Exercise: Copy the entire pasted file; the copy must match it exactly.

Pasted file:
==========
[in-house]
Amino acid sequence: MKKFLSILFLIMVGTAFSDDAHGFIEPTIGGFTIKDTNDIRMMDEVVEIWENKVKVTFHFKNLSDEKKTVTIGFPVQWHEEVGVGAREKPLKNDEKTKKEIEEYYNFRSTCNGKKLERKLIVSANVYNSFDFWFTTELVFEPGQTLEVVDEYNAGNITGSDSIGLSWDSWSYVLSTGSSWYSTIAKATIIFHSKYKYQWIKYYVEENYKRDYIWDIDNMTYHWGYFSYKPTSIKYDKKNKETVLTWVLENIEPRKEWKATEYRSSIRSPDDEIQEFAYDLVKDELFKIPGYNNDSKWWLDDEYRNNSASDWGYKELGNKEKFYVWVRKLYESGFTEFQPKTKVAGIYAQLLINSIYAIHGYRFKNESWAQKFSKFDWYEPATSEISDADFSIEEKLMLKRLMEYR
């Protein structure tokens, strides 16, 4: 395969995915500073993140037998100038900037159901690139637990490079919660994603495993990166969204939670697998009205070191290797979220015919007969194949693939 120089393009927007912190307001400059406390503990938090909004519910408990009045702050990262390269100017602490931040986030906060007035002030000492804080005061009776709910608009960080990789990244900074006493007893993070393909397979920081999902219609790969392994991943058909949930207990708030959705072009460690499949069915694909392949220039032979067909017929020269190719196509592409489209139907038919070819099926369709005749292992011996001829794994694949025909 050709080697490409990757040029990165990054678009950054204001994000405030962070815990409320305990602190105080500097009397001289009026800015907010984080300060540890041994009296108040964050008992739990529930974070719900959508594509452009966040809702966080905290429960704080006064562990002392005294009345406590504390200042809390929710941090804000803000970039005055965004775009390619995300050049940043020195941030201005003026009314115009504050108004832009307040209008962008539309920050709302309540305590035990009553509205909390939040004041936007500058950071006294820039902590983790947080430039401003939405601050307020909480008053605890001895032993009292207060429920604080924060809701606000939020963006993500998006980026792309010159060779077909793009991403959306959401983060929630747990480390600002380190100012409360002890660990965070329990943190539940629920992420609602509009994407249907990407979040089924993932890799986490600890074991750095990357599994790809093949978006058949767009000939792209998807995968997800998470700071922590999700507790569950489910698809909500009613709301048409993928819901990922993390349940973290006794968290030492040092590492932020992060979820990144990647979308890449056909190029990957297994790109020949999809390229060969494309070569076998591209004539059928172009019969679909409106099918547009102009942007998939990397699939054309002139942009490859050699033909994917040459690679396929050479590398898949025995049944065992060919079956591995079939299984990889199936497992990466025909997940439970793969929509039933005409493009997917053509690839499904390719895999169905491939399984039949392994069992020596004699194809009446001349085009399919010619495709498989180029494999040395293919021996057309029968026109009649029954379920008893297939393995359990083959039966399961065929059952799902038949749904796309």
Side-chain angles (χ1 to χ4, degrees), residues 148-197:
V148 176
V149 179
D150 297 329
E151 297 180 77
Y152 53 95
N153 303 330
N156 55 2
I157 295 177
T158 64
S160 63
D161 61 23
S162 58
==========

[in-house]
Amino acid sequence: MKKFLSILFLIMVGTAFSDDAHGFIEPTIGGFTIKDTNDIRMMDEVVEIWENKVKVTFHFKNLSDEKKTVTIGFPVQWHEEVGVGAREKPLKNDEKTKKEIEEYYNFRSTCNGKKLERKLIVSANVYNSFDFWFTTELVFEPGQTLEVVDEYNAGNITGSDSIGLSWDSWSYVLSTGSSWYSTIAKATIIFHSKYKYQWIKYYVEENYKRDYIWDIDNMTYHWGYFSYKPTSIKYDKKNKETVLTWVLENIEPRKEWKATEYRSSIRSPDDEIQEFAYDLVKDELFKIPGYNNDSKWWLDDEYRNNSASDWGYKELGNKEKFYVWVRKLYESGFTEFQPKTKVAGIYAQLLINSIYAIHGYRFKNESWAQKFSKFDWYEPATSEISDADFSIEEKLMLKRLMEYR
């Protein structure tokens, strides 16, 4: 395969995915500073993140037998100038900037159901690139637990490079919660994603495993990166969204939670697998009205070191290797979220015919007969194949693939 120089393009927007912190307001400059406390503990938090909004519910408990009045702050990262390269100017602490931040986030906060007035002030000492804080005061009776709910608009960080990789990244900074006493007893993070393909397979920081999902219609790969392994991943058909949930207990708030959705072009460690499949069915694909392949220039032979067909017929020269190719196509592409489209139907038919070819099926369709005749292992011996001829794994694949025909 050709080697490409990757040029990165990054678009950054204001994000405030962070815990409320305990602190105080500097009397001289009026800015907010984080300060540890041994009296108040964050008992739990529930974070719900959508594509452009966040809702966080905290429960704080006064562990002392005294009345406590504390200042809390929710941090804000803000970039005055965004775009390619995300050049940043020195941030201005003026009314115009504050108004832009307040209008962008539309920050709302309540305590035990009553509205909390939040004041936007500058950071006294820039902590983790947080430039401003939405601050307020909480008053605890001895032993009292207060429920604080924060809701606000939020963006993500998006980026792309010159060779077909793009991403959306959401983060929630747990480390600002380190100012409360002890660990965070329990943190539940629920992420609602509009994407249907990407979040089924993932890799986490600890074991750095990357599994790809093949978006058949767009000939792209998807995968997800998470700071922590999700507790569950489910698809909500009613709301048409993928819901990922993390349940973290006794968290030492040092590492932020992060979820990144990647979308890449056909190029990957297994790109020949999809390229060969494309070569076998591209004539059928172009019969679909409106099918547009102009942007998939990397699939054309002139942009490859050699033909994917040459690679396929050479590398898949025995049944065992060919079956591995079939299984990889199936497992990466025909997940439970793969929509039933005409493009997917053509690839499904390719895999169905491939399984039949392994069992020596004699194809009446001349085009399919010619495709498989180029494999040395293919021996057309029968026109009649029954379920008893297939393995359990083959039966399961065929059952799902038949749904796309």
Side-chain angles (χ1 to χ4, degrees), residues 148-197:
V148 176
V149 179
D150 297 329
E151 297 180 77
Y152 53 95
N153 303 330
N156 55 2
I157 295 177
T158 64
S160 63
D161 61 23
S162 58